There's not much to complain about, writing about games for a living. We're not working down a coal mine, curing cancer or tinkering with the Large Hadron Collider. But as idyllic as the job can seem, there are some minor frustrations. The main one is that the games you want to play often aren't the same as the games you have to play.
I guarantee that every games reviewer has a pile of discs at home, a stack of games they're going to get around to just as soon as the current assignment is out of the way. But then there's another assignment, and another, and the "treat stack" gets taller and taller, until the ones at the bottom might as well be fossilised.
That's what happened to me with Beyond Good & Evil. Everyone said it was great. Everyone said I should play it. But for one reason and another, I never found the time. Somewhere, deep in the tangle of cables and dusty CD cases under my TV, there's an original Xbox disc of Michel Ancel's 2003 classic, untouched by human hands for over seven years.
This is why I love digital distribution. It delivers an overlooked classic into my lap and finally makes it my job to do something I should have done under my own steam a long time ago.
Can a game so shrouded in cult praise deliver so long after the fact? Surprisingly, yes. Beyond Good & Evil is still a wildly ambitious game, often beautifully constructed and with its own distinct personality. Stacked alongside its modern descendants, like the less interesting but equally commercially-challenged Enslaved, its pioneering qualities are plain to see.
It has elements of Tomb Raider's exploration and block-shoving puzzle-solving. It's got an enjoyably fluid melee combat system. It's also a stealth game. It's got an open-ended RPG feel, with complete freedom to explore the over-world in upgradeable vehicles and linear dungeon-style mission areas.
And there are multiple bonus objectives and mini-games, should you fancy a break from the main story. From air hockey in alien bars to hovercraft races and ongoing wildlife photography assignments, this is a game with no shortage of things to do.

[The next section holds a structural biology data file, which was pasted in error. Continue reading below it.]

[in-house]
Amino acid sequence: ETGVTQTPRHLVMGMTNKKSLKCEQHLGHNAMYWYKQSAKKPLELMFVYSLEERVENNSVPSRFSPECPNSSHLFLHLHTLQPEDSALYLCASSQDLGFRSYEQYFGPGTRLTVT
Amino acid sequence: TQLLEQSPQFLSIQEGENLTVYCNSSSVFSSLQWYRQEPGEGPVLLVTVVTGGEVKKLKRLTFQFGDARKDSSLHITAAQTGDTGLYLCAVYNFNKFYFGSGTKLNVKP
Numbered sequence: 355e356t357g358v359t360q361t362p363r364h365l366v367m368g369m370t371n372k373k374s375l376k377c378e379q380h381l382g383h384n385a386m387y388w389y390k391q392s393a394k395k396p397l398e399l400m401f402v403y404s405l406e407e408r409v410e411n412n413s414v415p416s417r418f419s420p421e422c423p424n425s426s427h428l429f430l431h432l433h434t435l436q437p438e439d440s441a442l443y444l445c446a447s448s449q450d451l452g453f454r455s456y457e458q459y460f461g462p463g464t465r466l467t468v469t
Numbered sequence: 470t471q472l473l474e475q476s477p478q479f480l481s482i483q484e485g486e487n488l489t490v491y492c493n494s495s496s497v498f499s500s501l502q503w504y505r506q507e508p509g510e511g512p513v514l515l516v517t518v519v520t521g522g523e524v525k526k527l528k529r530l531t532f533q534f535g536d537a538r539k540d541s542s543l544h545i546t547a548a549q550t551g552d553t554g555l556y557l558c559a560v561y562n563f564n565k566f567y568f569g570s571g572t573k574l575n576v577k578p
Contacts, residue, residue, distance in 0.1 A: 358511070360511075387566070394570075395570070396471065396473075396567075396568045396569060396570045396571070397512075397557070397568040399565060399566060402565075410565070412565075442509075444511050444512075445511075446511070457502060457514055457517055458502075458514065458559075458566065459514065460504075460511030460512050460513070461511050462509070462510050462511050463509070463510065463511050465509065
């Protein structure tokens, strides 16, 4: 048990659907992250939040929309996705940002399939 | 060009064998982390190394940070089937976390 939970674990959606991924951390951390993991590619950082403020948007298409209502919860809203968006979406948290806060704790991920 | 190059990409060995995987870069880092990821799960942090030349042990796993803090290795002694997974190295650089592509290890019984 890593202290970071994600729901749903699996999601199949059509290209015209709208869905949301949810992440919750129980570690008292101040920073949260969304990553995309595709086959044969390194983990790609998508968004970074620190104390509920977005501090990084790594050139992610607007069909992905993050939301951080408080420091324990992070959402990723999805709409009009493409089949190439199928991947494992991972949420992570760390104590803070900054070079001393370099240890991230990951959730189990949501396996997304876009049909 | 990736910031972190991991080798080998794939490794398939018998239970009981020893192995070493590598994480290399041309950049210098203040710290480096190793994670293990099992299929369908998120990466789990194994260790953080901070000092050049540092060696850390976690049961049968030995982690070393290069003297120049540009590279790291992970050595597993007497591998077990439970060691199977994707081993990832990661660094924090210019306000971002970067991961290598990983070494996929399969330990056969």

Crucially, all these elements blend seamlessly into one another rather than clanking along as mismatched ideas. It all adds up to a rich, varied and lively gameworld that positively demands your attention.
And what a world it is. Beyond Good & Evil drops you into an extremely bizarre scenario and then leaves you to work out its peculiar wrinkles for yourself.
You won't find stodgy exposition or lengthy cut-scenes spelling out the back-story here. You're simply introduced to Jade, our hero, with the minimum of fanfare, and before you can ask why her uncle is a pig or why she lives in a futuristic lighthouse with a bunch of truculent orphans, the story is already tugging you along, filling in the blanks (or not) as it sees fit. It's bold, unapologetic and delightfully whimsical.
The broad strokes quickly fall into place. We're on the planet Hillys, a curious colony populated by humans and – for no apparent reason – anthropomorphic animals. The planet is under attack by alien invaders called DomZ. Protection appears in the form of Alpha Section, a rather creepy military force that inserts itself between the alien attackers and the population of Hillys.